Higher IRA income limits. 401(k) Participants can make an additional tax-deferred contributions to an IRA, of up to $5,500 ($6,500 if age 50 or older) in 2017, if they earn up to $62,000 ($99,000 for couples).
The tax deduction is phased out for those earning between $62,000 to $72,000 ($99,000 to $119,000 for couples). For individuals who don't have a 401(k) account, but who's spouse does, the tax deduction is gradually reduced if the couple's income is $186,000 to $196,000. Workers who don't have access to a 401(k) or similar type of workplace retirement account can claim a tax deduction for their traditional IRA contributions regardless of their income.
Larger Roth IRA income cutoffs. Employees earning less than $118,000 ($186,000 for couples) can make Roth IRA contributions in 2017. Roth IRA eligibility is phased out for those earning between $118,000 and $133,000 ($186,000 to $196,000 for couples) in 2017.
Higher income threshold for the saver's credit. Employees who earn less than $31,000 in 2017 ($62,000 for couples) might qualify for a tax credit that is worth between 10 and 50 percent of 401(k) and IRA contributions up to $2,000 for individuals and $4,000 for couples.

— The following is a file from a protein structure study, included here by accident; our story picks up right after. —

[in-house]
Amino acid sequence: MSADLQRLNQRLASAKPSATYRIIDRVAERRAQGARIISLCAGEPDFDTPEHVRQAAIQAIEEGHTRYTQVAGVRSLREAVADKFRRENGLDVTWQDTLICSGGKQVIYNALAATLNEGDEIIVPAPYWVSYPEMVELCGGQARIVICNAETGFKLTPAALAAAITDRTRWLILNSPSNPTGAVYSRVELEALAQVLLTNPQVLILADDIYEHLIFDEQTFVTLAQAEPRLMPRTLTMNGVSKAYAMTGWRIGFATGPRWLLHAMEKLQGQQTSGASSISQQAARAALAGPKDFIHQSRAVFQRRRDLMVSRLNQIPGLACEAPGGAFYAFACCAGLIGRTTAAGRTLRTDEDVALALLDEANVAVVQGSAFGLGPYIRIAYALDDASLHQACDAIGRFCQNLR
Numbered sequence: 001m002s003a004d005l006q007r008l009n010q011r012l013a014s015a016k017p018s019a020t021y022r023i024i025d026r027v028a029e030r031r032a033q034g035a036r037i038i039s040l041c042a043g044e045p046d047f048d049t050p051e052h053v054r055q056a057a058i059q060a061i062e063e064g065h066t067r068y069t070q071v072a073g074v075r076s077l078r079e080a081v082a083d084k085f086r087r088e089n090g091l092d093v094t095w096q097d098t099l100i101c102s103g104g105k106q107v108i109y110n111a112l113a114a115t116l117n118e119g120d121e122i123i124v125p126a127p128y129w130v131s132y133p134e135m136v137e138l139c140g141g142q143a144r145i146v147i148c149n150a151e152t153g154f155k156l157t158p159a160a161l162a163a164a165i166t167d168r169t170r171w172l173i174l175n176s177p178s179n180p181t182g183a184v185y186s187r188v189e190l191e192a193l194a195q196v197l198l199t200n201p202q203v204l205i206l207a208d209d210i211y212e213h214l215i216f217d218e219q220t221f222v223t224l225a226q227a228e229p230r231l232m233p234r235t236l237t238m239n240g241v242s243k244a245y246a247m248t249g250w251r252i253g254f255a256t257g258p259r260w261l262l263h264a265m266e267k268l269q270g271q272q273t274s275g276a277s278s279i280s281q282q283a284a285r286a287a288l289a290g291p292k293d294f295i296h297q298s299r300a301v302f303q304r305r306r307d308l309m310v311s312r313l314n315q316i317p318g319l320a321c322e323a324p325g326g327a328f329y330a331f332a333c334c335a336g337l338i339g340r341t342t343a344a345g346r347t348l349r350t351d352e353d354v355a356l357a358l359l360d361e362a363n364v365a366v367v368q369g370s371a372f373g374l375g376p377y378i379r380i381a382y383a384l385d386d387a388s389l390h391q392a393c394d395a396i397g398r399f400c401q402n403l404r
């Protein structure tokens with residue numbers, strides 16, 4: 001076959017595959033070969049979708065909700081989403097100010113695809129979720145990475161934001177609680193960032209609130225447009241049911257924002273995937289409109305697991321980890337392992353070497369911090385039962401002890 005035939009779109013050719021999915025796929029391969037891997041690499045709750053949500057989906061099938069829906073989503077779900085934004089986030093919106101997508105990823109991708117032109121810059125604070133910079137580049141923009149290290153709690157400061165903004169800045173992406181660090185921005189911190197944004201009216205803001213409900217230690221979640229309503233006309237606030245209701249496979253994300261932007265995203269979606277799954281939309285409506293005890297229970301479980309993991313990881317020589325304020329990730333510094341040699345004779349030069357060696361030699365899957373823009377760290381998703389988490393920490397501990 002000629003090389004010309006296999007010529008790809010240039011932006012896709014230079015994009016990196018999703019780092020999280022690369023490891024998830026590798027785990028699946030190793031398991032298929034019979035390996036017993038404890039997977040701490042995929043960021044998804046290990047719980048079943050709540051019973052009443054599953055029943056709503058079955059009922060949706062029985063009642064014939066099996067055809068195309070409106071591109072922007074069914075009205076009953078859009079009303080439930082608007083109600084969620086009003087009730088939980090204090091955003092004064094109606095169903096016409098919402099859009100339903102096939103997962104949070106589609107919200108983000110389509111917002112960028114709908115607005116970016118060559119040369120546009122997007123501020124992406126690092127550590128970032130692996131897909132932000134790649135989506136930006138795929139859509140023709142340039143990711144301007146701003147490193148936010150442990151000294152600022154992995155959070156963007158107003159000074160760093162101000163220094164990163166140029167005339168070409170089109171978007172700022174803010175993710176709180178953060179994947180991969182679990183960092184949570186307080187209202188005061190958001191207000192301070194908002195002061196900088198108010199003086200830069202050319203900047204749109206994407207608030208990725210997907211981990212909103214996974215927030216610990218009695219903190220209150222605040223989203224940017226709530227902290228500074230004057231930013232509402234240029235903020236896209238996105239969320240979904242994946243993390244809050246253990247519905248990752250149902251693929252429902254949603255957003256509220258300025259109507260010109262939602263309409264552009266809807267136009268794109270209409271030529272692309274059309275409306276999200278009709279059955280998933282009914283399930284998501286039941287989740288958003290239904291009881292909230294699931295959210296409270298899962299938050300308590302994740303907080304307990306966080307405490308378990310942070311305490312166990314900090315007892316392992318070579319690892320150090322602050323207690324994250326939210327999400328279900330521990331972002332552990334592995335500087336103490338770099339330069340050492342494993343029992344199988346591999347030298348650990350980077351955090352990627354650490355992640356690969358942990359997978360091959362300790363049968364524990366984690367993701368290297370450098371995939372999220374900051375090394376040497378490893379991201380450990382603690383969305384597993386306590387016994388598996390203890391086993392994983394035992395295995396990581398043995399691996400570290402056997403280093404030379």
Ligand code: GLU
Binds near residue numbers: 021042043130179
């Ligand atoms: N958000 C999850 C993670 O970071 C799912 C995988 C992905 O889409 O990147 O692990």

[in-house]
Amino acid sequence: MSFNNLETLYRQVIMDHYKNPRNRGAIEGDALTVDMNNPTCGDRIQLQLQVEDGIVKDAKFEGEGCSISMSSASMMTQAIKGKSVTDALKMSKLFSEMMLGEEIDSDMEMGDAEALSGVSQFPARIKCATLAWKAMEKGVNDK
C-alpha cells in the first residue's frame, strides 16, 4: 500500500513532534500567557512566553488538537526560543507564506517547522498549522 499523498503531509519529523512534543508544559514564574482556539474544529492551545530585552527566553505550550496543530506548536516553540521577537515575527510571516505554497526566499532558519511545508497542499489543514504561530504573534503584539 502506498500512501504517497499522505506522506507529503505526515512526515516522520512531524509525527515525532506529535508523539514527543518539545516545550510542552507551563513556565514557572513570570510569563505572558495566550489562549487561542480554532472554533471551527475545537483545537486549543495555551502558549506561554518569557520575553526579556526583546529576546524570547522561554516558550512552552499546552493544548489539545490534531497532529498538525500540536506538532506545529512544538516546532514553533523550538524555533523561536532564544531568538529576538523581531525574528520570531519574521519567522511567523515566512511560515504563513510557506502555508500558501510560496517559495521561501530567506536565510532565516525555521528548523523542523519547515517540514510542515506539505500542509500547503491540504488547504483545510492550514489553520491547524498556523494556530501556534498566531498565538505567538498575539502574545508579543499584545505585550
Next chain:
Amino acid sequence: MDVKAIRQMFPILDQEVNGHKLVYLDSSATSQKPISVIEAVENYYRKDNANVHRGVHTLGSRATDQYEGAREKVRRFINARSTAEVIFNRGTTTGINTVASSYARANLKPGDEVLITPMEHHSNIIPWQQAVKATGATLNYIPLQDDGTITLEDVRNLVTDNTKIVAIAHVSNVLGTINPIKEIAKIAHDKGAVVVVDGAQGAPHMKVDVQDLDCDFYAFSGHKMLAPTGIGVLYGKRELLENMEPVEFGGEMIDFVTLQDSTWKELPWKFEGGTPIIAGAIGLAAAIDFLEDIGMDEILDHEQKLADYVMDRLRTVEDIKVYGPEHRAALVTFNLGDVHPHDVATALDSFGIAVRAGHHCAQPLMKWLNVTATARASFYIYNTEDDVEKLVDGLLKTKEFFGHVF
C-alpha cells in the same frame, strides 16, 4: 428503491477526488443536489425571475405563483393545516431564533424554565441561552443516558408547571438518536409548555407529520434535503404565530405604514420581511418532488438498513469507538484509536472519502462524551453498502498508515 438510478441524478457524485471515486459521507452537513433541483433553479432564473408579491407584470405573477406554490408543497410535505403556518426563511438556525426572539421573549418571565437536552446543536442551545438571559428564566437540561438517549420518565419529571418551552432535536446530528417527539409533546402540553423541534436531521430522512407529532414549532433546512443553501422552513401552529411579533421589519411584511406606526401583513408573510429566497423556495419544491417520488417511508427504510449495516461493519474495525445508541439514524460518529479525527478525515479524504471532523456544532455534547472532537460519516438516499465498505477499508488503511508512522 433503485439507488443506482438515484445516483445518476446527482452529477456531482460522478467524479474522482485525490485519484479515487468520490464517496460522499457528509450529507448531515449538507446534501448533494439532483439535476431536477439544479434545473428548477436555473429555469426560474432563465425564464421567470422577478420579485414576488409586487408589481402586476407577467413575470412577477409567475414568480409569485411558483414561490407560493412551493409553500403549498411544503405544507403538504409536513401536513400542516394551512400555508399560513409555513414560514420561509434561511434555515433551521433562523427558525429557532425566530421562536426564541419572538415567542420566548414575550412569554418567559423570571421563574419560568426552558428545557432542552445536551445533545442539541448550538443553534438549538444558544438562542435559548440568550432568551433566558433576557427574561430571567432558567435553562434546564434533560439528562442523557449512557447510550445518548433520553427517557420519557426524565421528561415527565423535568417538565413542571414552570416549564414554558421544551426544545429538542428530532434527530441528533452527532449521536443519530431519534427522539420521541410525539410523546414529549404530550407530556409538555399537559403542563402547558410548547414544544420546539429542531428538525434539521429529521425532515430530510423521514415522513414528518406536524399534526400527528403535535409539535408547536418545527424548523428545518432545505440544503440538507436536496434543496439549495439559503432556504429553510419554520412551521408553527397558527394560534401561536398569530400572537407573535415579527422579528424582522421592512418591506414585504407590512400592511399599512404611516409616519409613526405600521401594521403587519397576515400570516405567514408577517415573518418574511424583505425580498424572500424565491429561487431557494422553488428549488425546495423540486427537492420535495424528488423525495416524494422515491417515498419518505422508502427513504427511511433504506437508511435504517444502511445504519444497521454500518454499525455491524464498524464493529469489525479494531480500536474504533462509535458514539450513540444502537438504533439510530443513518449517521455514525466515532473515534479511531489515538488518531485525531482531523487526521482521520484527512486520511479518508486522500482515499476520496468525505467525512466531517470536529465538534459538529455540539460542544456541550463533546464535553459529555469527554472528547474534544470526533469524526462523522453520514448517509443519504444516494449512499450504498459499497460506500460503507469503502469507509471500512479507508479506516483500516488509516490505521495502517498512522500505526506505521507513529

Special rules for victims of Hurricane Matthew. Victims of Hurricane Matthew will be allowed to withdraw from their retirement account without the usual restrictions to pay for storm-related costs, including food and shelter.
Employees who live or work in the parts of North Carolina, South Carolina, Georgia and Florida affected by the hurricane will be allowed to fast-track hardship distributions and loans from 401(k)s, 403(b)s and other types of workplace retirement accounts.
IRA participants may also be able to take hardship distributions, but not loans under the new rules.
If you live outside the disaster area you can also take a loan or hardship distribution from your retirement account to assist a child, parent or grandparent who lives or works in the disaster area.
Questions about the New Rules? Contact us today!
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